Take Care to Show You Care – of Humanity and HRO

If you are in the business of caring for people, you have to show you care about people.

In the HRO community we all are in the business of caring for people, as employees, as managers and as retirees. We provide products and services that help people at every stage of working life and beyond. Much of that care is administrative, automated and drives to self-service and efficiency, as well it should. Sometimes we get to show employee care in a more direct manner, such as calls with live agents to understand the variety of benefit actions and options needed to wend through a major life event, or use of a caring tone when helping process an unexpected leave of absence during a personal or family crisis.

There are other ways to show you care in this professional space we have chosen to serve, such as corporate social responsibility activities and philanthropic initiatives.

HRO service provider examples include: 

• ACS Government Healthcare Solutions has a dental outreach program for disadvantaged children which has expanded from one to ten states

• Convergys highlights its Social Responsibility Community focus with examples of worldwide projects, including many teacher training and education programs

• Accenture uses its consulting and IT expertise in its Skills to Succeed effort to build skills that will enable people all over the world to participate in and contribute to the economy

• IBM, befitting its size and global reach, sponsors many varieties of programs. One that caught my eye is Kid Smart for early learning development that has reached 60 countries and has won IBM accolades from the highest levels in some countries

Then there are the times of crisis like a hurricane, a tsunami and now the earthquake in Haiti. How do we in the HRO community lend our skills and capabilities when natural disasters strike?

Many companies, which also happen to be HRO clients, excel in business-aligned philanthropy. For example, as it relates to the catastrophic earthquake in Haiti last week, GlaxoSmithKline donated cash and medicine worth $1.8 million, mostly urgently needed oral and topical antibiotics, and has promised further commitments as local infrastructure is repaired. AT&T immediately gave $50,000 to help bring emergency telecommunications to Haiti, supports the American Red Cross’ text donation program (in the U.S. text the word Haiti to 90999 and a one time charge of $10 will be added to your cell phone bill), and has pledged $200,000 to the Red Cross this year alone for disaster relief. And the State of Florida called upon its citizens to donate money to its “Neighbors to the Rescue” program through the Florida Disaster Recovery Fund.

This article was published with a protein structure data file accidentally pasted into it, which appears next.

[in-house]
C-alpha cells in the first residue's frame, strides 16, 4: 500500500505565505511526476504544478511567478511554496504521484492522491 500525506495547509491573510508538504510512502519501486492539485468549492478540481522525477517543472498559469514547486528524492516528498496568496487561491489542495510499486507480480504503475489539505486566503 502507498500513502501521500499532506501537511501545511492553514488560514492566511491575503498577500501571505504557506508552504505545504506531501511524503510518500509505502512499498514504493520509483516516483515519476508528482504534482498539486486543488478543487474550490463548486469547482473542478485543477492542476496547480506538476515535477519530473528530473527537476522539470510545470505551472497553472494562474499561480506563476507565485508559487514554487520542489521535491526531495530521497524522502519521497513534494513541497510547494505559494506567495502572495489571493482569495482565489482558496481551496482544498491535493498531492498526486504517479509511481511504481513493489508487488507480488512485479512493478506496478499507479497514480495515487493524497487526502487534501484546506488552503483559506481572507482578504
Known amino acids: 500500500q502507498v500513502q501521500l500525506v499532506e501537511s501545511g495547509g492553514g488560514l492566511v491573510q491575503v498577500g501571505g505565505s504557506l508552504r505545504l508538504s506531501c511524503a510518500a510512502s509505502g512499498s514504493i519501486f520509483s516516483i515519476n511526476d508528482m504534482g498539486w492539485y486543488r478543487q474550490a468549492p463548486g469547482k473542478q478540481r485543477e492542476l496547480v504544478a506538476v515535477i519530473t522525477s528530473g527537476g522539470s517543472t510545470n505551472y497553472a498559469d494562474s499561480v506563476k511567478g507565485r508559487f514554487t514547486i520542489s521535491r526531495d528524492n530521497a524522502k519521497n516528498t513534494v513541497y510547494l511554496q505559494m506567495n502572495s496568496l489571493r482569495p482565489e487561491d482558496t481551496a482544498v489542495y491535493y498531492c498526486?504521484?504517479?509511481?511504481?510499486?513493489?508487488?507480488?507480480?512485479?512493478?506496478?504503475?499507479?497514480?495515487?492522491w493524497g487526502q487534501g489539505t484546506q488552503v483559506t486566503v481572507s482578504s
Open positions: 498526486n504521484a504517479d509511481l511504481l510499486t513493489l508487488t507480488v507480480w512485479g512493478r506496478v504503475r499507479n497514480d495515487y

Ceridian is making sure its Life Works customers know that services are available for employees concerned about friends and family in Haiti, and it has also listed some contact and resource information for the general public on its website, including several in Creole.

Hewitt posted a Red Cross press release for Thursday’s CHICAGO HELPS HAITI telethon in which 1,500 employees will volunteer their time staffing the phone banks from its Lincolnshire headquarters and three other centers.  The press release also mentions, “The last time the Red Cross partnered with Chicago media and Hewitt was in 2004 for a one-day telethon to aid victims of the Asian tsunami. The result of that effort was extraordinary.” This is a very good example of using the skills and caring of the company and its employee during a crisis, as well as getting positive media coverage for the significant contribution.

The human impact of major disasters lasts for years, long after the media leaves. That will be the time to consider using ongoing corporate responsibility programs in both nearby communities and markets in which it is most needed. How are you showing you care?

Linda Merritt, Research Director, HRO, NelsonHall

Advertisements
Explore posts in the same categories: hr outsourcing, hr outsourcing research, hro, HRO providers, nelsonhall

Tags: , , , , , , , , , , , ,

You can comment below, or link to this permanent URL from your own site.

Leave a Reply

Fill in your details below or click an icon to log in:

WordPress.com Logo

You are commenting using your WordPress.com account. Log Out / Change )

Twitter picture

You are commenting using your Twitter account. Log Out / Change )

Facebook photo

You are commenting using your Facebook account. Log Out / Change )

Google+ photo

You are commenting using your Google+ account. Log Out / Change )

Connecting to %s